Steve:

Yeah.

Matthew:

Who’s going to say that? None of us would choose it for a person we love. And, yet we frequently choose it for ourselves. So, what does that tell you? It tells you that anytime you’re defending the idea of sticking around for someone who is making your life miserable because of their trauma. It says it’s about your confidence or your lack of love for yourself. It’s not about whether you actually think this is a good idea or not. Because, if it was someone you truly loved outside of yourself, you would not recommend this. You’d tell them to get out now.

That’s at the heart of so much of what I worry about with stuff like this is that it does just, it glorifies the very thing that we have spent 15 years helping people to avoid and making them confident enough to realize they should avoid. And, we meet the woman who is at the end of a five or a 10 or a 20 or a 30-year journey of having given her time to that kind of person, many of whom and perhaps even arguably, most of whom, don’t actually change. Most don’t ever have the big turnaround moment

Steve:

Hmm.

Matthew:

And, you’ve got to as yourself, if you stuck with someone for 10 years, if you were with someone for 10 years, a total. And, it was miserable for nine years, but in year nine or just as year 10 was coming up, they changed and you had a great last year with them. Is that calculation worth it to you even if that happens? And, that may not even happen. They may not even change in the 11th hour or the 10th hour. They may not. So, you may have just rode it out with someone who never is going to change. So it’s dangerous stuff. We think we’re playing with romance, but we’re playing with our time.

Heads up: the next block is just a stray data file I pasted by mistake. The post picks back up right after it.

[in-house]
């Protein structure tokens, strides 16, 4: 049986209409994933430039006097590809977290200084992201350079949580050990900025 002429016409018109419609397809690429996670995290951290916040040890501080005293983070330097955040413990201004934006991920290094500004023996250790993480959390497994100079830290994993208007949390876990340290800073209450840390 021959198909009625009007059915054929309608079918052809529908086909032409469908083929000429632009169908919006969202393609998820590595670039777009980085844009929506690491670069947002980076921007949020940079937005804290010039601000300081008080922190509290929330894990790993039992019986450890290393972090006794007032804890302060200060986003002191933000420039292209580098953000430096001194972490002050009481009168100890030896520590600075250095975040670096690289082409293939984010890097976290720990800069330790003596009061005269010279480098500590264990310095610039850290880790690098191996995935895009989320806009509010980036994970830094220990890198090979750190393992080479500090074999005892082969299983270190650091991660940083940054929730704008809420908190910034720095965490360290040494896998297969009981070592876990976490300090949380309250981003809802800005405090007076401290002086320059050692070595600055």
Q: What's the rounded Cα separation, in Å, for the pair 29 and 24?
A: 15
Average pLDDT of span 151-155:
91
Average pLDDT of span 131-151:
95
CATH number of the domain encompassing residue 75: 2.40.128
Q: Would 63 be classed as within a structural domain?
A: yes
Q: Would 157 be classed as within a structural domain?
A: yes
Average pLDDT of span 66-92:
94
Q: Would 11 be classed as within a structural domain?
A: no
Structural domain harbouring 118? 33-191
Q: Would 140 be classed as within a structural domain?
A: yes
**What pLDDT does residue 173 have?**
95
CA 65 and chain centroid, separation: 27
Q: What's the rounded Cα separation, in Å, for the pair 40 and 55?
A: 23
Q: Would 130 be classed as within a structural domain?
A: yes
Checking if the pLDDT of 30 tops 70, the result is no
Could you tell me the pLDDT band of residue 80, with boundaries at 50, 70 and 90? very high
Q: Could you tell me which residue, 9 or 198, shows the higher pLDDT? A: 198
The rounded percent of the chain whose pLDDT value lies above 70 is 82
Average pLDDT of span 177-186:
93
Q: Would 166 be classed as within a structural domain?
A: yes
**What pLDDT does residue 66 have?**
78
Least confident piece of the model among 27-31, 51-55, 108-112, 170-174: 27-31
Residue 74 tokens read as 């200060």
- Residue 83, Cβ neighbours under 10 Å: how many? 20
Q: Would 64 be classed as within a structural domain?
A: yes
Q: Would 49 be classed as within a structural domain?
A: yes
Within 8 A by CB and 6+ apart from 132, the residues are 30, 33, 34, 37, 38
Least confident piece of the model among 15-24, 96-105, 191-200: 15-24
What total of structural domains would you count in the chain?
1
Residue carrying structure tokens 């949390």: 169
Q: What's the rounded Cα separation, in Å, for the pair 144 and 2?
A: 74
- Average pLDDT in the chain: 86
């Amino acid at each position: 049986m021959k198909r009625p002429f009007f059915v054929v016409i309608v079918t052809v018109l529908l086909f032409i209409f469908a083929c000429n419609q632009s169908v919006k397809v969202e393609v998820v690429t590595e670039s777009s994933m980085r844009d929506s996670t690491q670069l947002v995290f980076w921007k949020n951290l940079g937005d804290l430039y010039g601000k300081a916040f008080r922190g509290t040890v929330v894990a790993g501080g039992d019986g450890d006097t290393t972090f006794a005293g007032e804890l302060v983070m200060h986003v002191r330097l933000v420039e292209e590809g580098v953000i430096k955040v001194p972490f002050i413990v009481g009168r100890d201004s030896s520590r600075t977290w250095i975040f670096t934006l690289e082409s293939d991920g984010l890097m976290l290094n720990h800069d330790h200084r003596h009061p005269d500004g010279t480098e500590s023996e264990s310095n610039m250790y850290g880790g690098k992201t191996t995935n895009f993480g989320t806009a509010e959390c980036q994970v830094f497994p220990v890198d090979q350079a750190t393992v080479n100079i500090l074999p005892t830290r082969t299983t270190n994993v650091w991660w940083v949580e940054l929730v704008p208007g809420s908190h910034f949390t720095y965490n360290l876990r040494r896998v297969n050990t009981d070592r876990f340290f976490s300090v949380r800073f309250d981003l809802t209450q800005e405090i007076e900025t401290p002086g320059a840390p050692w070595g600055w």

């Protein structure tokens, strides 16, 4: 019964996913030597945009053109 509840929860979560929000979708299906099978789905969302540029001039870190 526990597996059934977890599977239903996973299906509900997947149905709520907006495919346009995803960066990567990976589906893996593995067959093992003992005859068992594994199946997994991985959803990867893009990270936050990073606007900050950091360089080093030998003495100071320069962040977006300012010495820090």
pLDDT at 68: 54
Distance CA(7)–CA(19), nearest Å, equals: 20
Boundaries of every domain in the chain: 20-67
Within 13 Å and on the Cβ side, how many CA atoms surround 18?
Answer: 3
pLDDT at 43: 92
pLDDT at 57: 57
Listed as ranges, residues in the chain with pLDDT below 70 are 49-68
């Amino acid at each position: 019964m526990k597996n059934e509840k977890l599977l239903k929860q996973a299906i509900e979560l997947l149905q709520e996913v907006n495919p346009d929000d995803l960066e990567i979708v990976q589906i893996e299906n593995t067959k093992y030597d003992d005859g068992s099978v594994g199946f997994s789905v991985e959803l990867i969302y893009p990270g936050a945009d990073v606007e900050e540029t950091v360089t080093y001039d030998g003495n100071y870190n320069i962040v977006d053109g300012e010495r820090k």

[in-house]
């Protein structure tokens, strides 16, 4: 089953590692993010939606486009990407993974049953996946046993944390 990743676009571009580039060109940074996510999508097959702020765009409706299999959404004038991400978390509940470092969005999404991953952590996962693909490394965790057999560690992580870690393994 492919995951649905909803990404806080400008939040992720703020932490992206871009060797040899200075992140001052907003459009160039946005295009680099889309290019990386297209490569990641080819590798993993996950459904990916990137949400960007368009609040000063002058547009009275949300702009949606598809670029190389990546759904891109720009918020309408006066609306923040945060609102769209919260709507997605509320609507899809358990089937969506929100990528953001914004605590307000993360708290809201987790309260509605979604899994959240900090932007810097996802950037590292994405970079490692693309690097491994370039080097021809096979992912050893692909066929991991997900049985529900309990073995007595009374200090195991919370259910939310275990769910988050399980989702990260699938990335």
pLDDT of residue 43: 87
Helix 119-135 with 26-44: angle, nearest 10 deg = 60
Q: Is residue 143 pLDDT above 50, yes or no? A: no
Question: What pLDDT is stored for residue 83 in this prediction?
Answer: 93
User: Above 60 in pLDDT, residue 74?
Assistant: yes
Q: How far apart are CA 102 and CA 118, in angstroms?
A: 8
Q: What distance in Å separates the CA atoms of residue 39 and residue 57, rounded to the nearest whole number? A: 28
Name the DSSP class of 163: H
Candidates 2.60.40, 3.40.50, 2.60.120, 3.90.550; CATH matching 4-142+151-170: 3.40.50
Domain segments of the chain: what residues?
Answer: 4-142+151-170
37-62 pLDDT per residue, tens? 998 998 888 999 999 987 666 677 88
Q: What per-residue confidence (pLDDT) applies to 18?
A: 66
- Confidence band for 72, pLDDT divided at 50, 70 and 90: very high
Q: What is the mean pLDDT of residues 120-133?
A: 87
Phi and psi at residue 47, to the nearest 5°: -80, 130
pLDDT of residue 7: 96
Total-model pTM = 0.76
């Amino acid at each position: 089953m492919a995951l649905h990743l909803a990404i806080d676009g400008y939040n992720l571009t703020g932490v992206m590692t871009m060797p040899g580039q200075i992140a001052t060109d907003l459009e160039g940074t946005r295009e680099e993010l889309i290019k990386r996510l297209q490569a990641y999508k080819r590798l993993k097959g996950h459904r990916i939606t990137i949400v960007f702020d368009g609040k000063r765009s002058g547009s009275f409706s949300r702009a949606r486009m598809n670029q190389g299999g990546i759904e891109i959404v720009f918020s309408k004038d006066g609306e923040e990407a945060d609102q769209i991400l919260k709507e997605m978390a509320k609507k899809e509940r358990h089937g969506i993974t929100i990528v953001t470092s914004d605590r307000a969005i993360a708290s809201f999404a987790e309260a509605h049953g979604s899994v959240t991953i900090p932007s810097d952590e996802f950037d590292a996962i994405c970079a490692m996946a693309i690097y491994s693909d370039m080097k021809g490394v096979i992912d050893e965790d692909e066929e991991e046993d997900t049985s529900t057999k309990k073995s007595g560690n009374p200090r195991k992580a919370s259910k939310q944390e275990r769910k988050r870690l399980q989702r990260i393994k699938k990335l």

We think we’re playing with romance, but we’re playing with our time. And time doesn’t give a fuck about your romance. Time does not. It has no generosity towards you in that respect. It will let you do your thing. Waste me all you want. I ain’t coming back. You ain’t getting a free pass. There’s no second chance. Once we lose today, today is gone. Once we lose this year, this year is gone. There is no begging, bartering or blackmail that can get you back this year. So, consider that when you find yourself justifying why you keep giving time to someone who albeit for legitimate trauma, is making your life miserable.

 

I have more to say, but should we? Is that an episode? Should we cut there and then do another because I had all sorts of other things I came to talk about today. And, somehow we’ve done a part, two of the show Sex/Life which I’ve never seen.

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Matthew:

Before you go, did you know that the MH Virtual Retreat is coming up? This is three days of coaching immersion, where we’re going to be working on your ability to manage your emotions, your confidence, and your direction in life. I hope you’ll join us. It’s going to be the most amazing event. It’s the best thing that I do, I really believe that. And, so many people’s lives are changed by this. If you want to find out more, go to MHVirtualRetreat.com and I’ll see you over there.

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5 Replies to “Bad Sex + Fantasizing About “Changing a Man””

  1. You’re Absolutely Right Matt. You’ve Told The Truth. Why Waste Time With Someone That’s Not Worth Your Time?! Well Said :-)